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Social Media – why you still need to be careful what you tweet…


Mark Jackson

logoThe case of Cruddas -v- Adams serves as an important reminder that defamatory comments made on social media may lead to significant awards of damages.

It is particularly relevant in showing that the amount of damages may be increased considerably when comments are made repeatedly over a prolonged period of time.

On 25 March 2012, the Sunday Times published an article which alleged that Peter Cruddas (at the time Treasurer of the Conservative Party), had, during an undercover meeting, corruptly offered for sale via donations to the Conservative Party, the opportunity to influence Government policy; allegations which were repeated by the Independent on 9 June 2012. Mark Adams (a lobbyist) repeated these allegations and made other inaccurate comments in connection with the issue online through his blogs and on Twitter.

Over the course of several months, Mr Adams repeatedly called for the arrest of Mr Cruddas, and taunted Mr Cruddas for his failure to commence a libel action against him (which he finally did). The comments were made via 12 tweets (Mr Adams had over 700 followers) and in 9 blog posts.

During the course of the proceedings, the Police confirmed that there was no evidence of any criminal conduct on the part of Mr Cruddas, and a full retraction and apology from the Independent followed. A libel claim against the Sunday Times is due to commence in June 2013. After being shown a transcript of the meeting that took place between Mr Cruddas and the Sunday Times journalist, Mr Adams did not continue defending the libel action and ultimately default judgement was entered against him. However, when it came to assessment of damages, he chose not to issue any apology, nor did he withdraw all of the statements that he had made. The Court awarded Mr Cruddas £45,000 in damages, along with costs.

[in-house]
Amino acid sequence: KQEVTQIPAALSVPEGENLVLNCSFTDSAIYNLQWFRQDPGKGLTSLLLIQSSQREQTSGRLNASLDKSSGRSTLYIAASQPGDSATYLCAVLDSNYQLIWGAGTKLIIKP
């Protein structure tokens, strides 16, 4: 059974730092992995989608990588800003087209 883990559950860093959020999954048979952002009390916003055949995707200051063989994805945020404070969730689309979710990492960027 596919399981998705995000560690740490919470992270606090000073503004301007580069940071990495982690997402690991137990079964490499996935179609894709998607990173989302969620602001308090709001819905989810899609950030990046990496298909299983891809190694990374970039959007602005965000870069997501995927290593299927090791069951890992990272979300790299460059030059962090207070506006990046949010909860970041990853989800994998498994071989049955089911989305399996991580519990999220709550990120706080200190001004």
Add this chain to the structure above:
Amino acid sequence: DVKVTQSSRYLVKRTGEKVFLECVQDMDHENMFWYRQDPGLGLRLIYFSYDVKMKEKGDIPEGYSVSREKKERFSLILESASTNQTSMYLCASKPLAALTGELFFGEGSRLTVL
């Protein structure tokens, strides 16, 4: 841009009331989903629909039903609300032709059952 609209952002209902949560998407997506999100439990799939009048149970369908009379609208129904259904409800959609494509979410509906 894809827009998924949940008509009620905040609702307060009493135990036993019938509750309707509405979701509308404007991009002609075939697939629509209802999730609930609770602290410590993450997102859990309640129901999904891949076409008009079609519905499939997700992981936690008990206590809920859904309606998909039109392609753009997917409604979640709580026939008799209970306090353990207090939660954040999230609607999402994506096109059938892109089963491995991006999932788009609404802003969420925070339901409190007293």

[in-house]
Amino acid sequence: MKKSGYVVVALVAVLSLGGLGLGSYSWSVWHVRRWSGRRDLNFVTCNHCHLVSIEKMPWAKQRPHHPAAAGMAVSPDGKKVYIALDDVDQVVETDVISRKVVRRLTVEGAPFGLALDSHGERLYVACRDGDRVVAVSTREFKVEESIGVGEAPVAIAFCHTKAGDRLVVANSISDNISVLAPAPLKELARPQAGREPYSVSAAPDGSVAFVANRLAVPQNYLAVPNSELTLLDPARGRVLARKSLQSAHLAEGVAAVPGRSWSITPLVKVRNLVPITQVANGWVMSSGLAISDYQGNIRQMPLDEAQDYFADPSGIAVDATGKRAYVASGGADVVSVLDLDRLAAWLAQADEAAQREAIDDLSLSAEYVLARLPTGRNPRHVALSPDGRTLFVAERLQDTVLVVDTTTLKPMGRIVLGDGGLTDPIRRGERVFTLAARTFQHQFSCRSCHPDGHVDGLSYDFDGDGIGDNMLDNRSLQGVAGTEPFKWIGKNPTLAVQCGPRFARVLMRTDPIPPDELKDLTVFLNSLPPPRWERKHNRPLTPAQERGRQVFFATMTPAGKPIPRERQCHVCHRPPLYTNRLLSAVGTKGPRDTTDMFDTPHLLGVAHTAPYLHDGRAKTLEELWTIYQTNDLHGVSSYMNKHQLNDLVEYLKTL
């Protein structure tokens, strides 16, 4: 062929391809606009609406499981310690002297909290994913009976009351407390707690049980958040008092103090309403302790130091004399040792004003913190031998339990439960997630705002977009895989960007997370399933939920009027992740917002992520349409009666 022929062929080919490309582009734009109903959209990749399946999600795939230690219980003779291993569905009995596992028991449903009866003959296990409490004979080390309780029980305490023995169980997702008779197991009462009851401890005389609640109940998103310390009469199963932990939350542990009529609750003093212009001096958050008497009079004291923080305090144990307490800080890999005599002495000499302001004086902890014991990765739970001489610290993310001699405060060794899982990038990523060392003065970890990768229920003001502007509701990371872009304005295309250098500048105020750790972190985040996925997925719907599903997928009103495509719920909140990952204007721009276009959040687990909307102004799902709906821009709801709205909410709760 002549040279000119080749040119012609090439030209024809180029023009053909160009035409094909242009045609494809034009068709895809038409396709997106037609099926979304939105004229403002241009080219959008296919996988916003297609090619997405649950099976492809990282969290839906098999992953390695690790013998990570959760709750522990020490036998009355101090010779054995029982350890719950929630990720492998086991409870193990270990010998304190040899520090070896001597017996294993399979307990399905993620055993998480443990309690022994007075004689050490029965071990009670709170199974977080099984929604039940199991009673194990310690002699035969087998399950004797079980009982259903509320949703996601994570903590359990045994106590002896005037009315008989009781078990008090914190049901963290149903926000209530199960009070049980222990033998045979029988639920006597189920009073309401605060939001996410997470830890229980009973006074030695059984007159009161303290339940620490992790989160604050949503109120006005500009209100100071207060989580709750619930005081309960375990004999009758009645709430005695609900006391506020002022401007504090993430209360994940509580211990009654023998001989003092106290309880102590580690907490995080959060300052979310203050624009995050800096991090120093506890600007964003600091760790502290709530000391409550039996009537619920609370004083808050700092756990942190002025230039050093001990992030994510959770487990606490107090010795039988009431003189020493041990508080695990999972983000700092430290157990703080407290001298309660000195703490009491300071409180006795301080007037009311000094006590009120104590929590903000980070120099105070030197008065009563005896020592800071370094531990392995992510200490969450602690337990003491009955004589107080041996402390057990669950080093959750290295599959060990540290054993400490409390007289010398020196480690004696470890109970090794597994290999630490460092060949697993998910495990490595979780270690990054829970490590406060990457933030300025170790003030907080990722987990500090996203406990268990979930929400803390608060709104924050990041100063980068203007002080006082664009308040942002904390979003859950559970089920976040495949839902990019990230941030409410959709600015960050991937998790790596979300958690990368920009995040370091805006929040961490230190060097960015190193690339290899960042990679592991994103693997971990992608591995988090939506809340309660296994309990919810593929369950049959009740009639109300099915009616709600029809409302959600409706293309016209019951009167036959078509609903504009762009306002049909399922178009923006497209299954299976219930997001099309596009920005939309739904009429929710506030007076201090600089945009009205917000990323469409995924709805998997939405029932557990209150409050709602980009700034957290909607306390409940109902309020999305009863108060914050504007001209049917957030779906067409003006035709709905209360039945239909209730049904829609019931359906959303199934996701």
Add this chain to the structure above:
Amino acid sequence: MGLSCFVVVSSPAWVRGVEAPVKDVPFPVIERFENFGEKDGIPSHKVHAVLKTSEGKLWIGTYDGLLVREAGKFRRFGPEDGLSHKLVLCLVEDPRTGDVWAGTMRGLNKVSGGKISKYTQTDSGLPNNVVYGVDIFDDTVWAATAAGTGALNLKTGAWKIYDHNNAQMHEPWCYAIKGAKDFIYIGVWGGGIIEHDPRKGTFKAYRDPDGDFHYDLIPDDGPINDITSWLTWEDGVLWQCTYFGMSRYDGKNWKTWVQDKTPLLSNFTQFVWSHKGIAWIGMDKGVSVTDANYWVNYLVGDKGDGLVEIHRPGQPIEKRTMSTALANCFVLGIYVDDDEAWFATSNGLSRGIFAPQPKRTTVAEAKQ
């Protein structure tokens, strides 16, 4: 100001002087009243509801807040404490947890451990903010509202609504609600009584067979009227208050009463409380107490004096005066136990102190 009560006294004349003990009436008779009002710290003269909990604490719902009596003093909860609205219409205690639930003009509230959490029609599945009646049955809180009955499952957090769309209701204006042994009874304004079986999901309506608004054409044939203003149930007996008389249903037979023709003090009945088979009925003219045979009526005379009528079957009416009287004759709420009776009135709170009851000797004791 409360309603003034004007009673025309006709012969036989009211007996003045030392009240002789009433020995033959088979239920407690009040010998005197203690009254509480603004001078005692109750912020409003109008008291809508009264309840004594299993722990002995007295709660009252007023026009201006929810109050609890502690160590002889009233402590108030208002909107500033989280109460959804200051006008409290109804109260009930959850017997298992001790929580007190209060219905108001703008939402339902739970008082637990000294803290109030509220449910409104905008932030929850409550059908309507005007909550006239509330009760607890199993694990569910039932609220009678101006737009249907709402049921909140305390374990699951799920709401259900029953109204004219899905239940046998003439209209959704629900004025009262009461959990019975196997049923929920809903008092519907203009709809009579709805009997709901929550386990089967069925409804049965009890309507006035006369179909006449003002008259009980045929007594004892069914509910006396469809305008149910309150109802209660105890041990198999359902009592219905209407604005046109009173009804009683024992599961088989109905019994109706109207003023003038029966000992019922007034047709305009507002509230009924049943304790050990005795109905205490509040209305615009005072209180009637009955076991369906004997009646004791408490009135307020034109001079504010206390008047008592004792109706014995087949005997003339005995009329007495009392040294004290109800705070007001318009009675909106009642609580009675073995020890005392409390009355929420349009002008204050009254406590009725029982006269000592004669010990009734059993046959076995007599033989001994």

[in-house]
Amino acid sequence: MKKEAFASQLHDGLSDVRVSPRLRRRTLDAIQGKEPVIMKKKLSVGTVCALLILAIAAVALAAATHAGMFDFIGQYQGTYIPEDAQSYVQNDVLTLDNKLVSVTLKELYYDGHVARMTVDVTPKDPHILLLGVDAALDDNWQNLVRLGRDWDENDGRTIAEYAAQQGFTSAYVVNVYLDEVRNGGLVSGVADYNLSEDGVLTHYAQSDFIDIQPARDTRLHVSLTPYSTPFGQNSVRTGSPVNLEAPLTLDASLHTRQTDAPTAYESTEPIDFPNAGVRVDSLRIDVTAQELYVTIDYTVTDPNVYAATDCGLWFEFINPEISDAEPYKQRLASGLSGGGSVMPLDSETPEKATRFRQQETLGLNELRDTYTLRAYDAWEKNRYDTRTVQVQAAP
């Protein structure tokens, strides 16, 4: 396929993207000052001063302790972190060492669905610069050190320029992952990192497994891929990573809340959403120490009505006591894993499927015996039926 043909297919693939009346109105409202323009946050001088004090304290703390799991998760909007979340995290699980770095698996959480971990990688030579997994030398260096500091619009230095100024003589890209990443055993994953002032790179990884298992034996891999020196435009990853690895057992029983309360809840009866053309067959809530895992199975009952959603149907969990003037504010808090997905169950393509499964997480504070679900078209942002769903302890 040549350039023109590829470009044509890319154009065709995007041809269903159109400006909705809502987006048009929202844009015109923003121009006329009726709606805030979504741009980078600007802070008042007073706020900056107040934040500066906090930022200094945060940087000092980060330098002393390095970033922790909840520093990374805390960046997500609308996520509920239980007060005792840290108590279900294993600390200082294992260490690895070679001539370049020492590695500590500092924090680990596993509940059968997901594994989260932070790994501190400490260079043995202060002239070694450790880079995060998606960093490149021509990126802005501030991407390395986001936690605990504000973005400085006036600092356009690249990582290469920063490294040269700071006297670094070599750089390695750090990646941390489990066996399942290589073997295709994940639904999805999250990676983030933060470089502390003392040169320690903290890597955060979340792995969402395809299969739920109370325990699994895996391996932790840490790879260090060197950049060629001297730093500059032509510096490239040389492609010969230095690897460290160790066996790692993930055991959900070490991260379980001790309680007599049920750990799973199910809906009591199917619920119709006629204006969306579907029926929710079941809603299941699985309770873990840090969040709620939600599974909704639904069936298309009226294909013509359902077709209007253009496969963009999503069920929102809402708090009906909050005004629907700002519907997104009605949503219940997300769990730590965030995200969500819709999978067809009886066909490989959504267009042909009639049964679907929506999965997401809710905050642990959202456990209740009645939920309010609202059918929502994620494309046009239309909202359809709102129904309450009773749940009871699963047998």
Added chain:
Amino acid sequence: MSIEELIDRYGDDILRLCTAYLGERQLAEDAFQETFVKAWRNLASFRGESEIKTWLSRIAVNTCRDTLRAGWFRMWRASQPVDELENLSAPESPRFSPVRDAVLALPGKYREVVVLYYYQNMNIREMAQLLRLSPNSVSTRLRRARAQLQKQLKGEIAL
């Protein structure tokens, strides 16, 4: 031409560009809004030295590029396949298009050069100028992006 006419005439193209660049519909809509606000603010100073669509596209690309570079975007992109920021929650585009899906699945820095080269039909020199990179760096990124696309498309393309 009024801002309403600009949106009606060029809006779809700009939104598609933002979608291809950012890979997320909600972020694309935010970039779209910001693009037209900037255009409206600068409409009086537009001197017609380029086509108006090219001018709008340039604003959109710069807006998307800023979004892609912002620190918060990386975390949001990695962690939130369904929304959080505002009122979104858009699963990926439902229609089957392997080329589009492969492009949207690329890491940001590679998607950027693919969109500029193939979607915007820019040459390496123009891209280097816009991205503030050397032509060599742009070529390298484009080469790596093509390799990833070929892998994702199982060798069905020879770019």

This case is one of only a few which deal with defamatory comments involving Twitter and other social media. Although in this instance the conduct of Mr Adams was so reckless as to be characterised as “puerile”, it shows that care should be taken when making statements which have not been verified.

The purpose of damages in cases of defamation is to compensate the affected party rather than penalise the defendant. Therefore, where a claimant has already achieved some level of vindication, this can have a direct effect on the amount awarded. Here, however, although the Court recognised that there were external mitigating factors, such as the Independent’s retraction, it said their effect was modest because of Mr Adams’ refusal to acknowledge that the claims he had made were false.

Particular weight was given to the fact that Mr Adams had continued the comments over a prolonged period and, despite receiving confirmation of Mr Cruddas’ innocence, had not removed all of the offending posts. The intensity with which Mr Adams conducted his campaign was seen by the Judge as going to the “core of Mr Cruddas’ professional reputation and integrity”.

Set against that, the fact that Mr Adams was an individual (with limited means), and that many people following the events were likely to have concluded that Mr Cruddas was innocent, were both factors which went towards limiting the amount of damages awarded. Nevertheless, along with the case of Cairns v Modi, this case is an example of the court taking the defendant’s conduct as a key factor in increasing the damages that would have otherwise been awarded.

This case is a reminder to those who tweet and blog to take care before making claims that have not been verified: always check your facts before you tweet!

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